Evaluating Causal Hypotheses: The Curious Case of Correlated Cues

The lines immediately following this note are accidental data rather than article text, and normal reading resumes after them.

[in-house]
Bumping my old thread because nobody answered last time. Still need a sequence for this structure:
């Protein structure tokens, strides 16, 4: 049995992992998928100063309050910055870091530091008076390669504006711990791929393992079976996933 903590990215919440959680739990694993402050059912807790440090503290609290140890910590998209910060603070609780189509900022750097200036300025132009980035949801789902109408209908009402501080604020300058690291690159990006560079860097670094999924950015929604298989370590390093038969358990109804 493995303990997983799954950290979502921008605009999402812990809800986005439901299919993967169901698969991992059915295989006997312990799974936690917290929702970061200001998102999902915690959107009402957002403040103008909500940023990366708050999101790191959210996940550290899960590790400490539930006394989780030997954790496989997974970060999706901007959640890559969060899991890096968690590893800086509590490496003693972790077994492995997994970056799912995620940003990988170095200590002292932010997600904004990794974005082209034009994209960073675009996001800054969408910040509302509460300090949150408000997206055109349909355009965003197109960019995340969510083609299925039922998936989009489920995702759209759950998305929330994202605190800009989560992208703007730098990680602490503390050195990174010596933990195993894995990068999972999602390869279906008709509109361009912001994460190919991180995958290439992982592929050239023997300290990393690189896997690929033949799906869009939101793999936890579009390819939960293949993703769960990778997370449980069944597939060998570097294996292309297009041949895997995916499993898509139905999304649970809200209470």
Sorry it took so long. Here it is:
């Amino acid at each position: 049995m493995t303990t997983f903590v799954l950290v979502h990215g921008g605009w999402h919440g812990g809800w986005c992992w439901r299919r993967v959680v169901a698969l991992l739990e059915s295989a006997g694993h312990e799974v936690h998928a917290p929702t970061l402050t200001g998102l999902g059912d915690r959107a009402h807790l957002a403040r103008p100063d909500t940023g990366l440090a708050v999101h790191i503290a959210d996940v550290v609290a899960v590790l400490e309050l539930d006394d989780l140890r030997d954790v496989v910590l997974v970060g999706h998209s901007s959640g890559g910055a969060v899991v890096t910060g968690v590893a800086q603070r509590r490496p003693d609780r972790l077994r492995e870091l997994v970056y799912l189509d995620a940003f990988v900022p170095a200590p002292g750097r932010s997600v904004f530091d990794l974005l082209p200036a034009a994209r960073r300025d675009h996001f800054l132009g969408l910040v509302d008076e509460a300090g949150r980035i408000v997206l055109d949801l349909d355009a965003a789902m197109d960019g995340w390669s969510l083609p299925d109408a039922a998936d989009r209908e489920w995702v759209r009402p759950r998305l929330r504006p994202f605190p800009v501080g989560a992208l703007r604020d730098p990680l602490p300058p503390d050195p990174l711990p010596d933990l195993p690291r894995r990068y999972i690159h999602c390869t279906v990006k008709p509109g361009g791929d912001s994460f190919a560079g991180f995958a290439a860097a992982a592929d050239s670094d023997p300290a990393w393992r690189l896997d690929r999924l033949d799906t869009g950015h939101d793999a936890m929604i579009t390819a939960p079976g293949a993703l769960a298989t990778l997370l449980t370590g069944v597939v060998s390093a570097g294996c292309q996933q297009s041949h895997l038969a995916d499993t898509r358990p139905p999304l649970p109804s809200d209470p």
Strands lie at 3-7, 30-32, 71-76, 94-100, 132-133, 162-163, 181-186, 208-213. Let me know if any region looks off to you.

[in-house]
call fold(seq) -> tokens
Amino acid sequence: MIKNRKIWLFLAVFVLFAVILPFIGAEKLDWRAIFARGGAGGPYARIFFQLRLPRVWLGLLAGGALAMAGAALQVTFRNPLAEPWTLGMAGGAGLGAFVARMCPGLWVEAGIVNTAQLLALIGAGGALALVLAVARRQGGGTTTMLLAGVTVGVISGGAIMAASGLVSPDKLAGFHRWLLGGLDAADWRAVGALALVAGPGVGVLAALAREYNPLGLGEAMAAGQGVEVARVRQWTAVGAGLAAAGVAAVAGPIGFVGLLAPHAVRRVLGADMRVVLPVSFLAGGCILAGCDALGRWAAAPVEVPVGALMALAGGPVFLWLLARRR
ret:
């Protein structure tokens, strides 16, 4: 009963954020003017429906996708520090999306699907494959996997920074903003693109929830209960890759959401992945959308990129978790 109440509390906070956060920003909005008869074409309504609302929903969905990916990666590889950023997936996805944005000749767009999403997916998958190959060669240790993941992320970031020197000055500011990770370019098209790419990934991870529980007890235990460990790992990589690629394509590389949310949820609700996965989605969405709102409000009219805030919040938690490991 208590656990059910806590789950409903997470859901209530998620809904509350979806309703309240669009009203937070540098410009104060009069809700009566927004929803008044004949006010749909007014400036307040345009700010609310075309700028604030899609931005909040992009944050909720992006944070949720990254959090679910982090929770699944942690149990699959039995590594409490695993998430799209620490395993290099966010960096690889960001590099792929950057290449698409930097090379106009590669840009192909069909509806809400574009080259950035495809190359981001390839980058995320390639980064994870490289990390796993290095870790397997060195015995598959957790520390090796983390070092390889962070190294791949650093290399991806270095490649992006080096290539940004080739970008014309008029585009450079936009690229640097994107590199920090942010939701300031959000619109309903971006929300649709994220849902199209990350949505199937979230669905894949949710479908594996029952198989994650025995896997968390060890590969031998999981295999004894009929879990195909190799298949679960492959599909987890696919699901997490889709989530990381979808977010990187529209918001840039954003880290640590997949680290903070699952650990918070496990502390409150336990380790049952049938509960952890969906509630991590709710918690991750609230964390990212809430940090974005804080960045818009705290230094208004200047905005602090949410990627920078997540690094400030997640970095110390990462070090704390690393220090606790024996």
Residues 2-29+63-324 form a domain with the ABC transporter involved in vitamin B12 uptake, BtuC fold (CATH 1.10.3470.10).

Although the causal graphical model framework has achieved considerable success accounting for causal learning data, appli-cation of that formalism to multi-cause situations assumes that people are insensitive to the statistical properties of the causes themselves. The present experiment tests this assumption by first instructing subjects on a causal model consisting of two independent and generative causes and then requesting them to make data likelihood judgments, that is, to estimate the proba-bility of some data given the model. The correlation between the causes in the data was either positive, zero, or negative. The data was judged as most likely in the positive condition and least likely in the negative condition, a finding that obtained even though all other statistical properties of the data (e.g., causal strengths, outcome density) were controlled. These re-sults pose a problem for current models of causal learning.

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